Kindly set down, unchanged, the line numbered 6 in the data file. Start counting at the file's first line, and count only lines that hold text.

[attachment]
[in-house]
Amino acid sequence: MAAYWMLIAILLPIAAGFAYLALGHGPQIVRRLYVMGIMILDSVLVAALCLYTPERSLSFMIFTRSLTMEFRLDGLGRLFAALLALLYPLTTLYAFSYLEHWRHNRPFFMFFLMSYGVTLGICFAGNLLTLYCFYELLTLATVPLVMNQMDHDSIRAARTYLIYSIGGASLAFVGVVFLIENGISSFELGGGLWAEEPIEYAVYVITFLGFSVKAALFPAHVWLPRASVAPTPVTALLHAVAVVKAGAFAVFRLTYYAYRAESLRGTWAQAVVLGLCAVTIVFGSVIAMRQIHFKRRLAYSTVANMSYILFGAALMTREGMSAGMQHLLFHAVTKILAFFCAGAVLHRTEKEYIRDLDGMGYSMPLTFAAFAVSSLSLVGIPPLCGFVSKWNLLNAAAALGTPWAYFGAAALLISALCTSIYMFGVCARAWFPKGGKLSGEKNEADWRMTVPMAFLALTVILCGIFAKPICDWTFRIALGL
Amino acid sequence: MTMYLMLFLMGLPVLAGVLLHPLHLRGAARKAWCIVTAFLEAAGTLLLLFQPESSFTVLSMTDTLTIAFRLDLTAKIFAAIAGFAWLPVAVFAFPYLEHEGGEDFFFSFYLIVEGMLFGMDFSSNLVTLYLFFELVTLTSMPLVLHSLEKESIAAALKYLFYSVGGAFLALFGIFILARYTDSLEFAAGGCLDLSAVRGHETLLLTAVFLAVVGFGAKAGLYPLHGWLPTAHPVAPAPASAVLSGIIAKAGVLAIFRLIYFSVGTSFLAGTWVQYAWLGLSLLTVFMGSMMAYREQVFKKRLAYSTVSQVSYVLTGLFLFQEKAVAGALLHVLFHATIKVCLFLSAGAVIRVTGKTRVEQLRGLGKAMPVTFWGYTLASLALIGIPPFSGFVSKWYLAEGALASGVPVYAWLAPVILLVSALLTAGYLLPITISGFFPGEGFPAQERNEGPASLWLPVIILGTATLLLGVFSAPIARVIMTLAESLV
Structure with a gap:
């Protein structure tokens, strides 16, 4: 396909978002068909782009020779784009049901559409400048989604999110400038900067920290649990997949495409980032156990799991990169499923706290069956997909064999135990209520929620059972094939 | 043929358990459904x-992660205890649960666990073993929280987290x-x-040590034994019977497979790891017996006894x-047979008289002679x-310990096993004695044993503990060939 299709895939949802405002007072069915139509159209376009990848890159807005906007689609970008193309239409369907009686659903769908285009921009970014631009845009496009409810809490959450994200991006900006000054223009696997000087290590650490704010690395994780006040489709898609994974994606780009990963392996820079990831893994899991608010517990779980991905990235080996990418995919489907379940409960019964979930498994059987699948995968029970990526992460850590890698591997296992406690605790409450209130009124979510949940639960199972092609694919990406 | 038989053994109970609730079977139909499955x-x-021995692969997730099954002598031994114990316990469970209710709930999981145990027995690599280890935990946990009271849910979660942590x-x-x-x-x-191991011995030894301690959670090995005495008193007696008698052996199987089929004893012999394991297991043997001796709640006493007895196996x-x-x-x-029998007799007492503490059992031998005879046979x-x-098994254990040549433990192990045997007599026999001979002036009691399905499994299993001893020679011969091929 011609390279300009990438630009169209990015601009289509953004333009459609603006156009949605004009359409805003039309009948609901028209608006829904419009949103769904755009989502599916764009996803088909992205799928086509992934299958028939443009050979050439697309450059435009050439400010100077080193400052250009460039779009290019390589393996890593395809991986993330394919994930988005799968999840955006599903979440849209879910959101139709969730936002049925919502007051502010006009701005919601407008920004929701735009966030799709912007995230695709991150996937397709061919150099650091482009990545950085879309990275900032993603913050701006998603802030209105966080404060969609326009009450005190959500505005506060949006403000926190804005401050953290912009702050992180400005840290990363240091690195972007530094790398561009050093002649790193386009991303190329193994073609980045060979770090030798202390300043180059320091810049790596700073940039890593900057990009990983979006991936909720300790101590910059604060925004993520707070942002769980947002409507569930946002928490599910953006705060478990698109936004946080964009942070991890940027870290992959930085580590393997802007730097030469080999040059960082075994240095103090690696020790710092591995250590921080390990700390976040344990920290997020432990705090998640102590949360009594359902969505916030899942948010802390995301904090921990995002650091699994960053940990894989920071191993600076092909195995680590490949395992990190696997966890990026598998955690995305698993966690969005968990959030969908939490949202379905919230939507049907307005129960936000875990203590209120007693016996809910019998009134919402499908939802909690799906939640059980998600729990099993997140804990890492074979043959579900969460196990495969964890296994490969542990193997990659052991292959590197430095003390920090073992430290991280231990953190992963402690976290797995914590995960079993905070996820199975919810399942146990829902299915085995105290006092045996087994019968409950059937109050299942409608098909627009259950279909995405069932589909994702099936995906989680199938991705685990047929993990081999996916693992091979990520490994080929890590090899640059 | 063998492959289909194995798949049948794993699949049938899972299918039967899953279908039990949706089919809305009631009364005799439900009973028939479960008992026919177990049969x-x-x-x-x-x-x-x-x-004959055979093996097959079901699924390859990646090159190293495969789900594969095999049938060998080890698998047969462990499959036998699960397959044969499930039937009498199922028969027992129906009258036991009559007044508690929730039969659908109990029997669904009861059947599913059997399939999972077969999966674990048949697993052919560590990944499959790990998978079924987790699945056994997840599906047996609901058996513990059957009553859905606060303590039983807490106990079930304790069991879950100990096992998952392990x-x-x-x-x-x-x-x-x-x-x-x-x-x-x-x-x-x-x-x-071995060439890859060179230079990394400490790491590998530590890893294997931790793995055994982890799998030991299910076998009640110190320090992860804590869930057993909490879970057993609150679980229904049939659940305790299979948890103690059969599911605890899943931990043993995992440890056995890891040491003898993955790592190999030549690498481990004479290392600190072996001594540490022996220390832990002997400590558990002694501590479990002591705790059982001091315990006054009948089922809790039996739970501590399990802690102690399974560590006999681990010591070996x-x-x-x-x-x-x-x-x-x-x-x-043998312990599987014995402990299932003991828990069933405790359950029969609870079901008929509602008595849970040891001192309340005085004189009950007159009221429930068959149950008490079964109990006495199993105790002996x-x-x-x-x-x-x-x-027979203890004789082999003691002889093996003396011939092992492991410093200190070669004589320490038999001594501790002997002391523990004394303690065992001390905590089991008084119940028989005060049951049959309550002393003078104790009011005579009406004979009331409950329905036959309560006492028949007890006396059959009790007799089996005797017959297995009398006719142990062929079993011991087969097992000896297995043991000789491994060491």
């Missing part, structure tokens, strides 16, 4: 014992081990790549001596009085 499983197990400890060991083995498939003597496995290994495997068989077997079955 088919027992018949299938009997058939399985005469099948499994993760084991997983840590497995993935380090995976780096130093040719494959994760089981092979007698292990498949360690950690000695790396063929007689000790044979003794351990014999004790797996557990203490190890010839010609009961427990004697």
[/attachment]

């Missing part, structure tokens, strides 16, 4: 014992081990790549001596009085 499983197990400890060991083995498939003597496995290994495997068989077997079955 088919027992018949299938009997058939399985005469099948499994993760084991997983840590497995993935380090995976780096130093040719494959994760089981092979007698292990498949360690950690000695790396063929007689000790044979003794351990014999004790797996557990203490190890010839010609009961427990004697």